I am the vine, you are the branches. Whoever remains in me and I in him will bear much fruit, because without me you can do nothing.
Anyone who does not remain in me will be thrown out like a branch and wither; people will gather them and throw them into a fire and they will be burned.
If you remain in me and my words remain in you, ask for whatever you want and it will be done for you.
By this is my Father glorified, that you bear much fruit and become my disciples.”

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Wednesday of the Fifth week of Easter

6 May 2015

Commentary of the day

John Tauler

1 300px-St-Pierre-le-Jeune_protestant-Tauler_(2)
 John Tauler (c.1300-1361), Dominican
Sermon 7

Pruned so as to bear fruit

        The vinegrower goes to his vineyard to cut the wild shoots. If he didn’t do this and left them on the good branches, his vine would only produce sour, bad wine. This is what a nobleman or a noblewoman must do: they must prune themselves of all that is out of order, uproot entirely all their ways of being and inclinations, whether they be those of joy or suffering, that is to say, they must cut off their bad faults. This will not break either head or arm or leg!

But hold back your knife until you have seen what you have to cut. If the vinegrower didn’t know the art of pruning, he would cut everything, both the good branch, which will soon give raisins, and the bad branch, and he would ruin the vineyard. That is what certain people do. They don’t know their job. They leave the vices, the bad inclinations, which are deeply rooted in nature, and they prune and trim poor nature itself. Nature in itself is good and noble: what do want to cut away from it? When the time comes for the fruit, that is to say, for divine life, you won’t have anything left but nature in ruins.

©Evangelizo.org 2001-2015

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Wednesday of the Fifth week of Easter

6 May 2015

Saint of the day

Bl. Anna Rosa Gattorno (1831-1900)

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BLESSED ANNA ROSA GATTORNO
(1831-1900)

        “My love, what can I do to make the whole world love you? … Make use once again of this wretched instrument to renew the faith and the conversion of sinners”.

        This generous outburst, uttered at the feet of her ‘Supreme Good’ – who drew her ever closer to him – constituted the deepest yearning of Anna Rosa Gattorno’s heart, leading her to offer her life totally in a continuous sacrifice for the glory and pleasure of the Father.
She was born in Genoa on 14 October 1831 into a deeply Christian, well-to-do family of good name. She was baptized the same day in the parish of S. Donato and received the names Rosa, Maria, Benedetta.
        In her father Francesco and her mother Adelaide Campanella, like their other five children, she found the first models for her moral and Christian life. When she was 12 years old, she was confirmed at S. Maria delle Vigne by Cardinal Archbishop Tadini.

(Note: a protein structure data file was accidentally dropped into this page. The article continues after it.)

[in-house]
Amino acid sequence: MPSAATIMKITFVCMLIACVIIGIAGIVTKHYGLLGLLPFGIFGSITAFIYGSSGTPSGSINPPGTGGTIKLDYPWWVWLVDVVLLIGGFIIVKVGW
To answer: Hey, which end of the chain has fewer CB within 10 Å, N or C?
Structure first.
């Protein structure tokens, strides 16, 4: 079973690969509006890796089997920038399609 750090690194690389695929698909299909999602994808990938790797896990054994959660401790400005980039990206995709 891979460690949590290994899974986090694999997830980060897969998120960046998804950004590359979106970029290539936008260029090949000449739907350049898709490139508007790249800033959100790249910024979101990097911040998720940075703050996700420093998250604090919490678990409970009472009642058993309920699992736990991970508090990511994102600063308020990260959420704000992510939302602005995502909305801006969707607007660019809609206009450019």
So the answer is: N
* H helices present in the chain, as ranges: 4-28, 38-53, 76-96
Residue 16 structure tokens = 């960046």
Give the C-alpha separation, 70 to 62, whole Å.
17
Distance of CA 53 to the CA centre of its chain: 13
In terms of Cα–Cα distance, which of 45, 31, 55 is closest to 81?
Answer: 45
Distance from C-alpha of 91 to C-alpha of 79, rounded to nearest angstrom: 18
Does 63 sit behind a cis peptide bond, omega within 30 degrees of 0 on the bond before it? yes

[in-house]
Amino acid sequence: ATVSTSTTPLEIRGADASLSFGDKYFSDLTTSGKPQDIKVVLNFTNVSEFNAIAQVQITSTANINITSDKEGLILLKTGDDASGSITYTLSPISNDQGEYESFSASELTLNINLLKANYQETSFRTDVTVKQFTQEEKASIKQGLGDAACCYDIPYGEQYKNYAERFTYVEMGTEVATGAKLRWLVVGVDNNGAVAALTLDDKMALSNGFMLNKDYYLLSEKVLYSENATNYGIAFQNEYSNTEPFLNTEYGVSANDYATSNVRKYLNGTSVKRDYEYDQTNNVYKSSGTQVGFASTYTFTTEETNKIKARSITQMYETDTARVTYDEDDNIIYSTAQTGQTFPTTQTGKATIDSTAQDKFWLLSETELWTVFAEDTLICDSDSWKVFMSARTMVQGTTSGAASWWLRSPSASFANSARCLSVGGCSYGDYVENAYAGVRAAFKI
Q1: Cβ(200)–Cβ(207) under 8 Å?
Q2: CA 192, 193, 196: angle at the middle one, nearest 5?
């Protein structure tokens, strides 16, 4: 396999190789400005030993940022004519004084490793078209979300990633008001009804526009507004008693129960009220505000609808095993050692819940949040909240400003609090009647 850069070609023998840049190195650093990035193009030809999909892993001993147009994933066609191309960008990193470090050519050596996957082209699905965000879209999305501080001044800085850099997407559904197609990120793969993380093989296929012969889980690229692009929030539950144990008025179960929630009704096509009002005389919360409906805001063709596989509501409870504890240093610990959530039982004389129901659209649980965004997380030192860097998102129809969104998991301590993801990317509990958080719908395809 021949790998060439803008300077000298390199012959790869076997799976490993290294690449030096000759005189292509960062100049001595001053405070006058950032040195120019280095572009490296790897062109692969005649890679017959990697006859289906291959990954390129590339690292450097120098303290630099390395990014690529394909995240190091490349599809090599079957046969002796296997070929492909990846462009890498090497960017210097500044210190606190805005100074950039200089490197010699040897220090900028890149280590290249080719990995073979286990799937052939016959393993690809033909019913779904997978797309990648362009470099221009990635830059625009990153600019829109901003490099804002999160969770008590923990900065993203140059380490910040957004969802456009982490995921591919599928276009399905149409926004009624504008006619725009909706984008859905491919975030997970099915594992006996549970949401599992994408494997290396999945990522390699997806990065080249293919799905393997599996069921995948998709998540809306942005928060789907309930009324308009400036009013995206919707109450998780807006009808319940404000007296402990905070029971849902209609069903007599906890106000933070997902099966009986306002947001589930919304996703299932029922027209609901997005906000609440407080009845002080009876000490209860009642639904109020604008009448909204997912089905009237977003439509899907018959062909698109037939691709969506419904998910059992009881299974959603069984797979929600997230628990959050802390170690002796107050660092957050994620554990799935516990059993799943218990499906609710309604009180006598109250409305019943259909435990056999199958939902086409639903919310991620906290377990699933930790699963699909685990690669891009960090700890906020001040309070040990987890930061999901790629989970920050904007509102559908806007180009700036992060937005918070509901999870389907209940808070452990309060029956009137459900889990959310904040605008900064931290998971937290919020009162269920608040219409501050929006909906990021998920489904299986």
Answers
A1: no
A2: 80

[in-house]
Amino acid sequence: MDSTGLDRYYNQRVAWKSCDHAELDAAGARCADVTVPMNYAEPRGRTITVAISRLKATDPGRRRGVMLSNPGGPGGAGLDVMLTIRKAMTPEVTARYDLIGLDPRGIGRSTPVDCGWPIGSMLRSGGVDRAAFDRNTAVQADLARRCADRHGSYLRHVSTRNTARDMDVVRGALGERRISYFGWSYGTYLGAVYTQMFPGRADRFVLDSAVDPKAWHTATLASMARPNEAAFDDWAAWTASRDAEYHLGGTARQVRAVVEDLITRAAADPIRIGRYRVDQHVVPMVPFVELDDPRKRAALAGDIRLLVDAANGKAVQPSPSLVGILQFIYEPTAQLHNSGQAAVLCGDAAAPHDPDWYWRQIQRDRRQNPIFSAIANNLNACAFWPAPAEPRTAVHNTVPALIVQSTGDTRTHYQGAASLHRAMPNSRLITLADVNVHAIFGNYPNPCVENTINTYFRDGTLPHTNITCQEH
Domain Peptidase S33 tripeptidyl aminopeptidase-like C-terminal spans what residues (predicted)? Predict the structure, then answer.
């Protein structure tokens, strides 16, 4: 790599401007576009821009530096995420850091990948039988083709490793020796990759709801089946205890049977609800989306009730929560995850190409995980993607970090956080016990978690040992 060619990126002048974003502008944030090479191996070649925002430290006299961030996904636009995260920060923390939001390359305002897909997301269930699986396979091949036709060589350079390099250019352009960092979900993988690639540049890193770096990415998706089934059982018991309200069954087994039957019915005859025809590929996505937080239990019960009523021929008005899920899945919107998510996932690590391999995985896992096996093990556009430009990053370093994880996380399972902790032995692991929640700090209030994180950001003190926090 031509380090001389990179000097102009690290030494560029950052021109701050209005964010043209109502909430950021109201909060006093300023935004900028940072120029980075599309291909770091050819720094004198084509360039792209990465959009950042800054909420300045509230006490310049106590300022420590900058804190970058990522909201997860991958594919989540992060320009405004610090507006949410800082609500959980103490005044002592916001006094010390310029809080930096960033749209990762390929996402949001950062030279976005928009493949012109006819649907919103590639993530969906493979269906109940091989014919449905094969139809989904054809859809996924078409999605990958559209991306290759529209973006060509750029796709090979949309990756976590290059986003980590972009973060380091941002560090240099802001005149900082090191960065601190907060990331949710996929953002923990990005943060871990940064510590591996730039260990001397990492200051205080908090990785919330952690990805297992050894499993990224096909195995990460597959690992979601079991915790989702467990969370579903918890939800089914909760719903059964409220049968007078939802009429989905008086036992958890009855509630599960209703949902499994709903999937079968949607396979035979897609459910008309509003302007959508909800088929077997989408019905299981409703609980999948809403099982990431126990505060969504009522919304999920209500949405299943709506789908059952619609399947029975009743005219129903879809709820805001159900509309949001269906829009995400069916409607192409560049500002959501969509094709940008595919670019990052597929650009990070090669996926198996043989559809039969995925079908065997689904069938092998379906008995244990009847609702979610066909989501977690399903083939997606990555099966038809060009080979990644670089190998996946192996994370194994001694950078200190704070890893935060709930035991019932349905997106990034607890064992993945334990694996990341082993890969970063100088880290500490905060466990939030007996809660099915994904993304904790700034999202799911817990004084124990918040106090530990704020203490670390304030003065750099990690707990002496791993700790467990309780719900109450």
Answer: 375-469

As a young girl she was educated at home, as was the custom in rich families at that time. With her serene and loveable character, open to piety and charity, she was nonetheless firm and knew how to react to the confrontations of the political and anticlerical climate of the time, which did not spare even some members of the Gattorno family.
        At the age of  21 Rosa married her cousin Gerolamo Custo (5 November 1852), and moved to Marseilles. Unforeseen financial difficulties very soon upset the happiness of the new family which was forced to return to Genoa in a state of poverty. More serious misfortunes were looming: their first child, Carlotta, after a sudden illness was left deaf and dumb for life; Gerolamo’s attempt to find fortune abroad ended with his return, aggravated by a fatal illness; the happiness of the other two children was deeply disturbed by her husband’s disappearance which left her a widow less than six years after their marriage (9 March 1858) and, a few months later, by the loss of her youngest little son.
        The succession of so many sad events in her life marked a radical change which she called her “conversion” to the total gift of herself to the Lord, to his love and to love of neighbour. Purified by her trials and strengthened in spirit, she understood the true meaning of pain and was confirmed in the certainty of her new vocation.
Under the guidance of her confessor, Fr. Giuseppe Firpo, she made private perpetual vows of chastity and obedience on the Feast of the Immaculate Conception 1858; followed by vows of poverty (1861) in the spirit of St. Francis of Assisi, as a Franciscan tertiary. Since 1855, she had also obtained the benefit of daily communion, which was uncommon in those days. She remained constantly anchored to this source of grace and, encouraged by ever growing intimacy with the Lord, she found support, missionary fervour, strength and zeal in service to her brothers and sisters.
        In 1862, she received the gift of hidden stigmata, perceived most intensely on Fridays.
As a faithful wife and exemplary mother, never depriving her children of anything – always following and loving them tenderly – with greater availability she learned to share in the sufferings of others, giving herself in apostolic charity: “I dedicated myself with greater zeal to pious works and to visiting hospitals and the poor sick at home, helping them by meeting their needs as much as I could and serving them in all things”.